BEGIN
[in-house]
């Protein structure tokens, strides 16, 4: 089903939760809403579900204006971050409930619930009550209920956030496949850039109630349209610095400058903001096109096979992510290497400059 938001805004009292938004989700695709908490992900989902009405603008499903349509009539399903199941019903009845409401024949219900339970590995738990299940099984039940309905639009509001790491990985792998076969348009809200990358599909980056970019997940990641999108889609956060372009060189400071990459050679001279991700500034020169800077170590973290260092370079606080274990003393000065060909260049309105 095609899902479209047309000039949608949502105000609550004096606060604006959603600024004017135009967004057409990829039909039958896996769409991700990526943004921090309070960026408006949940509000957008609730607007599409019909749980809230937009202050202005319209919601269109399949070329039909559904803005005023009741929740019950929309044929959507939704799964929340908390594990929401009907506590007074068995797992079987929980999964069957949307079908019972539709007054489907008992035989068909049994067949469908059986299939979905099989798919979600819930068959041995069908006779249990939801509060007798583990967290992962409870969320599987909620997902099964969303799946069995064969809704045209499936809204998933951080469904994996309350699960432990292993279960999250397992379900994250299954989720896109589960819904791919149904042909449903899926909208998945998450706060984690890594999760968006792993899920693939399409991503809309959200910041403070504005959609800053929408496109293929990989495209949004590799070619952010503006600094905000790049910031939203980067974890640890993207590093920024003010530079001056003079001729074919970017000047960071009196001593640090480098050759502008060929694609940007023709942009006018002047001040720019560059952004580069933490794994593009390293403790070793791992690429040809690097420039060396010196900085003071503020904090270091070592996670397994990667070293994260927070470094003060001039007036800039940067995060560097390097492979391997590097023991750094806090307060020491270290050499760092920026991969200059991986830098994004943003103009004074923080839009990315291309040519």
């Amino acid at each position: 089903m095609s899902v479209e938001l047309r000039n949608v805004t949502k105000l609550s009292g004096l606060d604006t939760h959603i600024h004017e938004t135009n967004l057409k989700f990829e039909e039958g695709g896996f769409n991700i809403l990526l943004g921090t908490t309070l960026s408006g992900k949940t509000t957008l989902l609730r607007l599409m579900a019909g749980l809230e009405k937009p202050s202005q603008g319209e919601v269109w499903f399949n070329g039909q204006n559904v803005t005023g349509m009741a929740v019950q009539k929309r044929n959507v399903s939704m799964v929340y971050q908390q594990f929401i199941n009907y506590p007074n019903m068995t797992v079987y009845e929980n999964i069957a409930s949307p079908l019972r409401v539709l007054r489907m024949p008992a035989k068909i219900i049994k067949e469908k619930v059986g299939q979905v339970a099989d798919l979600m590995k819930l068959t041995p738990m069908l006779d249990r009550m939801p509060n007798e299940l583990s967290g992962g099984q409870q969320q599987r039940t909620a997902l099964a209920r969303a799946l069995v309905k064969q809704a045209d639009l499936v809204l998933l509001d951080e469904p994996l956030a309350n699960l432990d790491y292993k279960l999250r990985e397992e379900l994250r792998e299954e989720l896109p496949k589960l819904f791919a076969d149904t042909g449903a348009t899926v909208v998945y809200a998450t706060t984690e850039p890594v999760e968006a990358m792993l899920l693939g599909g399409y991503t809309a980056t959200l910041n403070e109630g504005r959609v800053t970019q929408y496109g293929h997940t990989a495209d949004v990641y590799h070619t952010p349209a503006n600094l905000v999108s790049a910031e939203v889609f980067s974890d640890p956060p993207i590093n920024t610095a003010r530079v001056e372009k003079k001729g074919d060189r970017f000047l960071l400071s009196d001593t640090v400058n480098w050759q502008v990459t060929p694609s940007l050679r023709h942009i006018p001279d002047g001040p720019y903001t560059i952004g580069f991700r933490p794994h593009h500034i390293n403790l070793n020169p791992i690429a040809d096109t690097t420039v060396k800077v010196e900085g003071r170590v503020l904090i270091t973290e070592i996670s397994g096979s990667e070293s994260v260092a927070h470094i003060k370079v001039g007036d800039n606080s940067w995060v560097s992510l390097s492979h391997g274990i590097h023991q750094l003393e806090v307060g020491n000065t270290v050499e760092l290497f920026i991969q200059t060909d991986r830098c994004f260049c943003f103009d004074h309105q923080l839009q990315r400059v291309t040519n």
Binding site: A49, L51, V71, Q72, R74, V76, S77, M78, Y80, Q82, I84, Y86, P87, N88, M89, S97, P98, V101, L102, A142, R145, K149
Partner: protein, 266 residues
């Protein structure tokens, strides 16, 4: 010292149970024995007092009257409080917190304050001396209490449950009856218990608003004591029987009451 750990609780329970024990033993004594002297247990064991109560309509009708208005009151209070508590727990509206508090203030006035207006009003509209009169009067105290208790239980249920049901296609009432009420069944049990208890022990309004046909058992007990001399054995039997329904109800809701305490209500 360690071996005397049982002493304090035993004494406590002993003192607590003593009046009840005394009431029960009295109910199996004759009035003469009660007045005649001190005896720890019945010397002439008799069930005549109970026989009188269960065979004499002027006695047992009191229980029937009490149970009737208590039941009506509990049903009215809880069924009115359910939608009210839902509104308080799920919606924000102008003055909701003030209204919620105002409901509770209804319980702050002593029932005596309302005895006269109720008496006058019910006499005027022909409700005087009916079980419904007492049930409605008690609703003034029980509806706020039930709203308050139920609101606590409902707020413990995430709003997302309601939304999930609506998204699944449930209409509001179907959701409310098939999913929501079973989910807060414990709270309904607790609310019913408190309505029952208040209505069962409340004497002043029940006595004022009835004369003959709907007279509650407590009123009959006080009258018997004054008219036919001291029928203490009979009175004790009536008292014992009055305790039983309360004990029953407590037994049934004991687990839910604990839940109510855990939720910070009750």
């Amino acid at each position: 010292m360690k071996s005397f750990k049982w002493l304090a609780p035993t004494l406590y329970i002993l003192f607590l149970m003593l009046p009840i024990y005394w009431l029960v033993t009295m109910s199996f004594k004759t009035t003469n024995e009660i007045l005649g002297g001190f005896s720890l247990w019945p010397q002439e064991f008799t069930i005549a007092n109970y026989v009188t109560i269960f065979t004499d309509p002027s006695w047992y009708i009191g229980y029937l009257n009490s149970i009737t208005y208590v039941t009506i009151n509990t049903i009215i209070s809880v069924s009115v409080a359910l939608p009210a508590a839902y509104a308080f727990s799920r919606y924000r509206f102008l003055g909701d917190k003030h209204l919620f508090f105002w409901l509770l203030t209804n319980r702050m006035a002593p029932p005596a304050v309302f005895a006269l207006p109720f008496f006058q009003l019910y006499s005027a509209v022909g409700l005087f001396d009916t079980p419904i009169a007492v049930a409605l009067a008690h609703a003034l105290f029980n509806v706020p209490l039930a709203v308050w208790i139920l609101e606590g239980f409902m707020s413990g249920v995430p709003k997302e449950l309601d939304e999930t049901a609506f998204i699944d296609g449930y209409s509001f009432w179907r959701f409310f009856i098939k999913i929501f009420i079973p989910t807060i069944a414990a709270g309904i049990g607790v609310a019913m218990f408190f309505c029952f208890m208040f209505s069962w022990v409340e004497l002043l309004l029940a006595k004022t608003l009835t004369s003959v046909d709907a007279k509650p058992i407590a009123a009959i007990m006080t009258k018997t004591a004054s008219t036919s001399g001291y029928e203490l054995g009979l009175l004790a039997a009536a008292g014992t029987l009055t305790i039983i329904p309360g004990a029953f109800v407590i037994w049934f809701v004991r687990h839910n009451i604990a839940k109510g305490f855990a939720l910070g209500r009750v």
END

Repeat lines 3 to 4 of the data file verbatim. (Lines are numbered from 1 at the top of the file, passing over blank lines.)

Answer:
């Amino acid at each position: 089903m095609s899902v479209e938001l047309r000039n949608v805004t949502k105000l609550s009292g004096l606060d604006t939760h959603i600024h004017e938004t135009n967004l057409k989700f990829e039909e039958g695709g896996f769409n991700i809403l990526l943004g921090t908490t309070l960026s408006g992900k949940t509000t957008l989902l609730r607007l599409m579900a019909g749980l809230e009405k937009p202050s202005q603008g319209e919601v269109w499903f399949n070329g039909q204006n559904v803005t005023g349509m009741a929740v019950q009539k929309r044929n959507v399903s939704m799964v929340y971050q908390q594990f929401i199941n009907y506590p007074n019903m068995t797992v079987y009845e929980n999964i069957a409930s949307p079908l019972r409401v539709l007054r489907m024949p008992a035989k068909i219900i049994k067949e469908k619930v059986g299939q979905v339970a099989d798919l979600m590995k819930l068959t041995p738990m069908l006779d249990r009550m939801p509060n007798e299940l583990s967290g992962g099984q409870q969320q599987r039940t909620a997902l099964a209920r969303a799946l069995v309905k064969q809704a045209d639009l499936v809204l998933l509001d951080e469904p994996l956030a309350n699960l432990d790491y292993k279960l999250r990985e397992e379900l994250r792998e299954e989720l896109p496949k589960l819904f791919a076969d149904t042909g449903a348009t899926v909208v998945y809200a998450t706060t984690e850039p890594v999760e968006a990358m792993l899920l693939g599909g399409y991503t809309a980056t959200l910041n403070e109630g504005r959609v800053t970019q929408y496109g293929h997940t990989a495209d949004v990641y590799h070619t952010p349209a503006n600094l905000v999108s790049a910031e939203v889609f980067s974890d640890p956060p993207i590093n920024t610095a003010r530079v001056e372009k003079k001729g074919d060189r970017f000047l960071l400071s009196d001593t640090v400058n480098w050759q502008v990459t060929p694609s940007l050679r023709h942009i006018p001279d002047g001040p720019y903001t560059i952004g580069f991700r933490p794994h593009h500034i390293n403790l070793n020169p791992i690429a040809d096109t690097t420039v060396k800077v010196e900085g003071r170590v503020l904090i270091t973290e070592i996670s397994g096979s990667e070293s994260v260092a927070h470094i003060k370079v001039g007036d800039n606080s940067w995060v560097s992510l390097s492979h391997g274990i590097h023991q750094l003393e806090v307060g020491n000065t270290v050499e760092l290497f920026i991969q200059t060909d991986r830098c994004f260049c943003f103009d004074h309105q923080l839009q990315r400059v291309t040519n």
Binding site: A49, L51, V71, Q72, R74, V76, S77, M78, Y80, Q82, I84, Y86, P87, N88, M89, S97, P98, V101, L102, A142, R145, K149